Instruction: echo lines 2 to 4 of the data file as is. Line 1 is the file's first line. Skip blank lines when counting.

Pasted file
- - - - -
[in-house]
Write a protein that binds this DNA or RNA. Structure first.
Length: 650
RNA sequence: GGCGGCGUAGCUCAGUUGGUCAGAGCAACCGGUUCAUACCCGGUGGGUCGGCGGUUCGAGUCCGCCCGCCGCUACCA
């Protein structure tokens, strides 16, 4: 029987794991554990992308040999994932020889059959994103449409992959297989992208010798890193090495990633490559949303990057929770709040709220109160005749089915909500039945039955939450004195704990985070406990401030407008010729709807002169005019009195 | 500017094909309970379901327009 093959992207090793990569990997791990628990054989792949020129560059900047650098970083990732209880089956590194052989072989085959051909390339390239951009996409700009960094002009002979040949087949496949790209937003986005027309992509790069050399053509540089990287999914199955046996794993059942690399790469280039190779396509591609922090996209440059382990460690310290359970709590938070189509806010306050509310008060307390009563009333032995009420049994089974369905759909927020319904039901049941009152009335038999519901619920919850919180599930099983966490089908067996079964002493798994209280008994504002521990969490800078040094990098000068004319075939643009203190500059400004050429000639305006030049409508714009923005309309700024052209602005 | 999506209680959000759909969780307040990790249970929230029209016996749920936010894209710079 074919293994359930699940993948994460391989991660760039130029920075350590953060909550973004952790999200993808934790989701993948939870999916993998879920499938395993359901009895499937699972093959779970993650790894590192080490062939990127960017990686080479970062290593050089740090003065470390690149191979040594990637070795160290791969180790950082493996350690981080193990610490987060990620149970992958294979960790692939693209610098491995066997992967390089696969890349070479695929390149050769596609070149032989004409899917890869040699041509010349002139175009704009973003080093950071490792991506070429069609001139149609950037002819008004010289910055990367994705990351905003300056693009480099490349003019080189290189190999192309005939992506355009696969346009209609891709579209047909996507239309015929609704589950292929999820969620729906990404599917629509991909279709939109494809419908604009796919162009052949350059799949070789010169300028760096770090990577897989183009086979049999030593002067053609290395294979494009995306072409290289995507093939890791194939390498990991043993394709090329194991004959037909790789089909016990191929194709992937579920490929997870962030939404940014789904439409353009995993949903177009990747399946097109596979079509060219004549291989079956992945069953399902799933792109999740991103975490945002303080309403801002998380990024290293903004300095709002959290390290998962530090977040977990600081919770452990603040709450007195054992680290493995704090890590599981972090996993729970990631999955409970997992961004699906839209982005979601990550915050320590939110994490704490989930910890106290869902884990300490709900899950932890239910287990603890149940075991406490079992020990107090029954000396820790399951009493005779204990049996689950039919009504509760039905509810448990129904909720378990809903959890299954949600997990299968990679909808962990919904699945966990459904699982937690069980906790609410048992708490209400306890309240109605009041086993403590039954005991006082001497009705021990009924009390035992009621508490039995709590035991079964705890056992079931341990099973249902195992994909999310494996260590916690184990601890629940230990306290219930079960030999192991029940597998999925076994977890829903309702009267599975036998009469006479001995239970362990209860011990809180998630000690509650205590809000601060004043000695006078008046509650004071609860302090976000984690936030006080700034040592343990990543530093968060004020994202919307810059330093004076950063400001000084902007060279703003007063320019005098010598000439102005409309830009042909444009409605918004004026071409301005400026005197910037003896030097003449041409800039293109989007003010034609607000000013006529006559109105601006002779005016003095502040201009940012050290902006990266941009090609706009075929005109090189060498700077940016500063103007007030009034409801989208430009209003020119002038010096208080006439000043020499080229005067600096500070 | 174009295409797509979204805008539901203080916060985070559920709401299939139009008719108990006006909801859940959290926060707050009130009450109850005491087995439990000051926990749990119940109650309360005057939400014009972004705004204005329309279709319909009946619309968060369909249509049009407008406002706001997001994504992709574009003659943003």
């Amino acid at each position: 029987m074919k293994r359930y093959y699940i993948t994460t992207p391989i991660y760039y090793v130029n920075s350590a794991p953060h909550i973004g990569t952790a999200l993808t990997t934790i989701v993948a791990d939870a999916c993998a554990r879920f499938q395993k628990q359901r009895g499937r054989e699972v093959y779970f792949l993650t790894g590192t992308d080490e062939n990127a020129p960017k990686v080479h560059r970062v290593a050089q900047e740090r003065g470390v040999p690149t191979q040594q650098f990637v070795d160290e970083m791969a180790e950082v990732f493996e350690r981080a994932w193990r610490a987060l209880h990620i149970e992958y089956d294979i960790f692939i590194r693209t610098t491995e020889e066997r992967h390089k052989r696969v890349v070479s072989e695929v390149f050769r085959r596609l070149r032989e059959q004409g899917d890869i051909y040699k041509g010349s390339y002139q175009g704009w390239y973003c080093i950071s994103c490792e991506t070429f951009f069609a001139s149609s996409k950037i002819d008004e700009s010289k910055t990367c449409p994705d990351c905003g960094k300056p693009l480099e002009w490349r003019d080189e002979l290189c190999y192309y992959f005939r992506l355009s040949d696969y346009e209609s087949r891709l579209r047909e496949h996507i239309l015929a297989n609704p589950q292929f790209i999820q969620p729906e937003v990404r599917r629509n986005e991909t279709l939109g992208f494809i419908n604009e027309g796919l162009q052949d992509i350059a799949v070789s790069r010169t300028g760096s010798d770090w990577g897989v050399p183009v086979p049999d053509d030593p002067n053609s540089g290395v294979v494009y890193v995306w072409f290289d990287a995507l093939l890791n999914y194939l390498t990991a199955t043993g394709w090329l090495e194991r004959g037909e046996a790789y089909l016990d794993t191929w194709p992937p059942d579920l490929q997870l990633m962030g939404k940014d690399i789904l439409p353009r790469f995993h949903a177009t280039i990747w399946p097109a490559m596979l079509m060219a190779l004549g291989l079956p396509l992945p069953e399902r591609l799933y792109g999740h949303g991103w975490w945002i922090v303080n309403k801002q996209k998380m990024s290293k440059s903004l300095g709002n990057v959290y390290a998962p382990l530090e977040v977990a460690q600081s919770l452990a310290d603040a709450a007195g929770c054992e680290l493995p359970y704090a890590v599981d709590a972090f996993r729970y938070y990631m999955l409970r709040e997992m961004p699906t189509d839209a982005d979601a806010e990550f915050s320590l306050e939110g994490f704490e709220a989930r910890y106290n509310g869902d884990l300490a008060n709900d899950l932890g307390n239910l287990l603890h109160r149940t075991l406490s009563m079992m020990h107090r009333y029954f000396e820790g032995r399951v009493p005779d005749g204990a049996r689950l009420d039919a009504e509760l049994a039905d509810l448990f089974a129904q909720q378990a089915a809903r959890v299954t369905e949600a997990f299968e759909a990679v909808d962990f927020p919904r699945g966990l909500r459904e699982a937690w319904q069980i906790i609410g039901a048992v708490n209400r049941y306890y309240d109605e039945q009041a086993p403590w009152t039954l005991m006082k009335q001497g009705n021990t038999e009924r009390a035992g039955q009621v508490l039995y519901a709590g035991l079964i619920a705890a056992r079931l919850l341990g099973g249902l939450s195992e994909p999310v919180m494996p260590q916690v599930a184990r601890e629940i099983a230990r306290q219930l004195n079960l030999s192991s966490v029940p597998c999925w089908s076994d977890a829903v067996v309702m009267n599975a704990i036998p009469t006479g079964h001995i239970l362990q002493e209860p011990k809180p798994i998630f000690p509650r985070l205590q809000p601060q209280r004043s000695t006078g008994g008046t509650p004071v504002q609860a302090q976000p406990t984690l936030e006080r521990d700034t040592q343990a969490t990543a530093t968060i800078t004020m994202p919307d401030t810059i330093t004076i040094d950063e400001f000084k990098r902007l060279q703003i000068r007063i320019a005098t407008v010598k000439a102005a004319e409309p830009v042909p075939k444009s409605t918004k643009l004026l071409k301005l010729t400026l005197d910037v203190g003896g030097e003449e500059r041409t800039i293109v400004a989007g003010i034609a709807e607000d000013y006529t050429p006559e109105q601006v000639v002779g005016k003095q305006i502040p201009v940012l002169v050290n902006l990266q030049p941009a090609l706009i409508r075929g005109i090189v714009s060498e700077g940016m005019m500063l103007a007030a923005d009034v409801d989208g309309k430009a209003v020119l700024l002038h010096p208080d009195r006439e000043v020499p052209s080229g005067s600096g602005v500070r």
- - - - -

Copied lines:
Write a protein that binds this DNA or RNA. Structure first.
Length: 650
RNA sequence: GGCGGCGUAGCUCAGUUGGUCAGAGCAACCGGUUCAUACCCGGUGGGUCGGCGGUUCGAGUCCGCCCGCCGCUACCA